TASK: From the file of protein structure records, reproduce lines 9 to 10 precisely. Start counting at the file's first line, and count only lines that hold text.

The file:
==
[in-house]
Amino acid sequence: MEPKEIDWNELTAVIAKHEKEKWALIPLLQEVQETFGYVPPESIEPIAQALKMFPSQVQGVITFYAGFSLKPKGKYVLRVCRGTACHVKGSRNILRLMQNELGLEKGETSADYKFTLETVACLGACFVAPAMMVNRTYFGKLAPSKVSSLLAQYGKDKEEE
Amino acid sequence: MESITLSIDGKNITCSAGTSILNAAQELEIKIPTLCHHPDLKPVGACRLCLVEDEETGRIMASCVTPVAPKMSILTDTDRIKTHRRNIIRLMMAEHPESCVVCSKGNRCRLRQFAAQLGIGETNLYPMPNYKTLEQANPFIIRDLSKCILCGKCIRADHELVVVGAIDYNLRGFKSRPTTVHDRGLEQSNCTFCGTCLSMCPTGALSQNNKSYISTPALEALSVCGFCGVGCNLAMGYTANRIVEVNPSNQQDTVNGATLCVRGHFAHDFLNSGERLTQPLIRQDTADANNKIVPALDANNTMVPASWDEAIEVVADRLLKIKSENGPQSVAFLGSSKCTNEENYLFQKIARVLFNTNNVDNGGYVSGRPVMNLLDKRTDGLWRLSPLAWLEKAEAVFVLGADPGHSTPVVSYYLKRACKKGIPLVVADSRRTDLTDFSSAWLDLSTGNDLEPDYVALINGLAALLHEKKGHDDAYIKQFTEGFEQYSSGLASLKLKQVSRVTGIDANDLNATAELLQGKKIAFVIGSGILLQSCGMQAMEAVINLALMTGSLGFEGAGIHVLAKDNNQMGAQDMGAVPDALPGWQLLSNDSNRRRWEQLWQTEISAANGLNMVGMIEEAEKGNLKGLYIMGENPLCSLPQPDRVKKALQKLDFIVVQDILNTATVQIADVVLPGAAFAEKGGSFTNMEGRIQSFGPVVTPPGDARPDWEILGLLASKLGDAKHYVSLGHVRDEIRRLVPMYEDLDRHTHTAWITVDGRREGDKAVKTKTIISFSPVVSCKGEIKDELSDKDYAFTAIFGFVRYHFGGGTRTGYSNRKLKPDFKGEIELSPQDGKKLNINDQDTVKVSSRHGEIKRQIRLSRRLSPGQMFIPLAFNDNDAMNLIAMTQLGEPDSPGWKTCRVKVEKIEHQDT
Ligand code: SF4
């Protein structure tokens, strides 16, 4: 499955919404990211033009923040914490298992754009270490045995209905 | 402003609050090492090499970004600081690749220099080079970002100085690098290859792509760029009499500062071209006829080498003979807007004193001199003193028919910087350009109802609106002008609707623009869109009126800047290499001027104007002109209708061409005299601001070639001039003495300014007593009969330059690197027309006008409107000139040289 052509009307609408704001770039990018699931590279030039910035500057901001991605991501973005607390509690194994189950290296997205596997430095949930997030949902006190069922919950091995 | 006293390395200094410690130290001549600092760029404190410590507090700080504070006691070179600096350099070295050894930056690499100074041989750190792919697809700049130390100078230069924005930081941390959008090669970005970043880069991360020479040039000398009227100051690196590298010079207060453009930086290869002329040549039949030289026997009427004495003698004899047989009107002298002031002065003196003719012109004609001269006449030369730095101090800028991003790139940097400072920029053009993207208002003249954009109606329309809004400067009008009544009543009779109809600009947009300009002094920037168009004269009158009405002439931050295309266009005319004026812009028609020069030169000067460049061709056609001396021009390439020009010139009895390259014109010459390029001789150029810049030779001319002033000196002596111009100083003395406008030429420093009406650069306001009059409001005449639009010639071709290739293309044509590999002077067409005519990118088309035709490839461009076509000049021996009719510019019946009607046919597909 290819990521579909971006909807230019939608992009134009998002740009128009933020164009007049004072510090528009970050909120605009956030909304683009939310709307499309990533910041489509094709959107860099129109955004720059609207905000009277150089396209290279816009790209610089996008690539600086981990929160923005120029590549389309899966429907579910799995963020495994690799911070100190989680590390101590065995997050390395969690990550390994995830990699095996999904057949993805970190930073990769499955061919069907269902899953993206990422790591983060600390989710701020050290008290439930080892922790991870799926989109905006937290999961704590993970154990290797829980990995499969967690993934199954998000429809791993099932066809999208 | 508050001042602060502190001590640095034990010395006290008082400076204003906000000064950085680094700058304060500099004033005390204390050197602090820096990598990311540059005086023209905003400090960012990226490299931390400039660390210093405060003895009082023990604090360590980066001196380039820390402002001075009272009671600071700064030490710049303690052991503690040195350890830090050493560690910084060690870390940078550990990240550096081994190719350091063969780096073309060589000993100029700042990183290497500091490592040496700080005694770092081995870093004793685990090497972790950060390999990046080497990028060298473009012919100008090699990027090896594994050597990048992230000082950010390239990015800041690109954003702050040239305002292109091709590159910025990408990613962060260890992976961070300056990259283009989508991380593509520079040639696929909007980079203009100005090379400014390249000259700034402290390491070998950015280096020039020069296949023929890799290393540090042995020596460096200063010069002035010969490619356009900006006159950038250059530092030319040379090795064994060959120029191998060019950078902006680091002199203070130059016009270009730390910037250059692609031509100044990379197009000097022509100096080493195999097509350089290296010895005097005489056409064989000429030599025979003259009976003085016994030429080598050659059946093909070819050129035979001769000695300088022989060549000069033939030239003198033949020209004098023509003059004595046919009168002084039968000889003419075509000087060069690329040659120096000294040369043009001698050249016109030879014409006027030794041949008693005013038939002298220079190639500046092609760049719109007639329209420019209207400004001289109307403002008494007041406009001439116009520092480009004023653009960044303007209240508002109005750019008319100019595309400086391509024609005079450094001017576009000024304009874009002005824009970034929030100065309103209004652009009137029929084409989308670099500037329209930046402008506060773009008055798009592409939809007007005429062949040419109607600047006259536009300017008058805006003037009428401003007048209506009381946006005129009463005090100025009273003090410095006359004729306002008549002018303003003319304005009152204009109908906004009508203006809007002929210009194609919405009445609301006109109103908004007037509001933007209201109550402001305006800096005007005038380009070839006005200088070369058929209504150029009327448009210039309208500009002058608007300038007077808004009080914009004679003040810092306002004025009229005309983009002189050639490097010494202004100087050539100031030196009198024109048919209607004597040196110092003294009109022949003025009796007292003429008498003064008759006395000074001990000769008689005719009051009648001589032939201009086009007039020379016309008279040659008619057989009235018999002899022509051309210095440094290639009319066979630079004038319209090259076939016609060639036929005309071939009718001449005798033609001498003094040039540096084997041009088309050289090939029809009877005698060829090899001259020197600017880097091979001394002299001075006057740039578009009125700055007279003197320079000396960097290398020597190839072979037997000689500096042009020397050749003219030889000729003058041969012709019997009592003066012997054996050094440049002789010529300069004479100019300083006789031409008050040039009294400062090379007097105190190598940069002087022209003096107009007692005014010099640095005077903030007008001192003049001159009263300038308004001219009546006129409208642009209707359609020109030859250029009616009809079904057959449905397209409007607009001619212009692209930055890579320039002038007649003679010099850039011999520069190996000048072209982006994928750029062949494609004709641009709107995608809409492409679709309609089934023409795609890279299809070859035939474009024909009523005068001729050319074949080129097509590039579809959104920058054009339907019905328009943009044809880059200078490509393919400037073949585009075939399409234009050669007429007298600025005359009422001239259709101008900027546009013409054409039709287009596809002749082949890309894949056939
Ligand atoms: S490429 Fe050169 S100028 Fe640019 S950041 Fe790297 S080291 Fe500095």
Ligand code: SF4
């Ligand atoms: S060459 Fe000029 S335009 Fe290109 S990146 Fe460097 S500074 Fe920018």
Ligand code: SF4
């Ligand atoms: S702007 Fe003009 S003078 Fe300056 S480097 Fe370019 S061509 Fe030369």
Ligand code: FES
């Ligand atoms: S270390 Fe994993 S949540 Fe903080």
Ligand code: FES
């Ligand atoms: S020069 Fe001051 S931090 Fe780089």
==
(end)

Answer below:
Ligand code: SF4
């Ligand atoms: S702007 Fe003009 S003078 Fe300056 S480097 Fe370019 S061509 Fe030369």